I have a small streak of Scottish DNA — which I estimate to be 6.25 percent based on the subsequent invasion of the area by the Norwegians and Germans. My wife, Sherry, says she’s 12.5 percent — twice the Scot as me, she is oft-quoted. So we have celebrated the heritage with our own Burns Night suppers.

Yes those suppers included the full kilt regalia and traditional menu that Sherry cooked.

  • Haggis – sheep heart, liver and lungs minced with oatmeal and spices
  • Peeps – roasted parsnips and carrots
  • Tatties – potatoes
  • Baps – Scottish bread
  • Roast beef – for those who can’t stomach haggis
  • Cranachan – a raspberry-cream and oatmeal dessert

A genuine haggis – a sheep’s stomach stuffed full of the spiced innards – is difficult to come by so we settled for the canned version that’s more like hash. That made the traditional reading of the “Address to a Haggis’’ and the plunging of the knife into the haggis a little less dramatic than stabbing a bloated blob on the platter.

Because I don’t play the pipes, we resorted to recorded bagpipe music. We enjoyed the meal, which includes pauses for Burns readings. Reciting authentic Burns is a difficult task, which I found easier after a few shots of whisky.

The first stanza of “Address to a Haggis” reads thus.

Fair fa’ your honest, sonsie face,

Great chieftain o the puddin’-race!

Aboon them a’ ye tak your place,

Painch, tripe, or thairm:

Weel are ye wordy o’ a grace

As lang’s my arm.

That translates to English thus.

Good luck to you and your honest, plump face,

Great chieftain of the sausage race!

Above them all you take your place,

Stomach, tripe, or intestines:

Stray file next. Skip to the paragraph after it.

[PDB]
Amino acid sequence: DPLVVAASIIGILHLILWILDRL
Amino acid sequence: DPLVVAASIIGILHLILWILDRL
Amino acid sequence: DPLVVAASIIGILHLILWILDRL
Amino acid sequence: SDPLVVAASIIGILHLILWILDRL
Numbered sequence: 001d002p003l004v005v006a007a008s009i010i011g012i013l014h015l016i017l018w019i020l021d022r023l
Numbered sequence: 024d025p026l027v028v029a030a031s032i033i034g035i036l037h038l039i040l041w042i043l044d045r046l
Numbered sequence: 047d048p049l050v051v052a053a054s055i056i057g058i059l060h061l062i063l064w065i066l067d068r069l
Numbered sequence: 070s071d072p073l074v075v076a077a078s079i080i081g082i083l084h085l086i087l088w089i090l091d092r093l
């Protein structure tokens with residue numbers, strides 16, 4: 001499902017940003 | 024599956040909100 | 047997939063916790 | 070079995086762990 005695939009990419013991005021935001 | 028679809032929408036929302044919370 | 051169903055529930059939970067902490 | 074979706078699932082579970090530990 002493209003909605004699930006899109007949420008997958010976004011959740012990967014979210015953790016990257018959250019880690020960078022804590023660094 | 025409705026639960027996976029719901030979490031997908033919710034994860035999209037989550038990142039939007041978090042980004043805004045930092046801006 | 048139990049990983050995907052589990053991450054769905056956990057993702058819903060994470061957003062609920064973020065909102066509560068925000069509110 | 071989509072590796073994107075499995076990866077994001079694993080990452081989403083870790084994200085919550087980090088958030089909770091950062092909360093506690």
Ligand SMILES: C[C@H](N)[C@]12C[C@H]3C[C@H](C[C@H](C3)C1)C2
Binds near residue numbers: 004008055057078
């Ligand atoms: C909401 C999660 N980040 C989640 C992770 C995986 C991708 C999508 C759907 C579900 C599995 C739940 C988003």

Well are you worthy of a grace

As long as my arm.

Sherry and I were able many years ago to attend a formal Burns Night event in La Crosse. It was fun except for the older gentleman sitting next to my wife whose coarseness grew in proportion to his whisky consumption. He ended with a lewd reference to what Scots wear under their kilts, leading to our departure for the evening.

I don’t know when the annual Burns Night events stopped in Galesville, but the Galesville Curling and Burns Club shut its doors in 2005 after membership had declined to about 20 and the club was left with unpaid bills. Most of the active curlers joined the nearby Centerville Curling Club, which is still active.

The club may be gone but the spirit of Burns lives on.

Jemima Bibby wrote, “In the midst of it in all its glory let us not forget those old Scots who founded it in the early days and did their best to keep alive the memory of Robert Burns, the much-loved poet of dear old Scotland.”

I’ll raise a glass to that.

Chris Hardie and his wife, Sherry, raise animals and crops on his great-grandparents’ Jackson County farm. Nominated for a Pulitzer Prize in 2001, he’s a former member of the Wisconsin Freedom of Information Council and past-president of the Wisconsin Newspaper Association. Email chardie1963@gmail.com with comments.

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The Driftless Area region of Wisconsin where I live is blessed with abundant rivers and streams that flow through our valleys, which we call coulees. Early European settlers in our region took advantage of those water resources to build mills powered by the flowing streams. Many of the early mills were sawmills to cut logs and process timber. But many communities also built grist or flour mills to help feed their growing population or send grains to agricultural markets.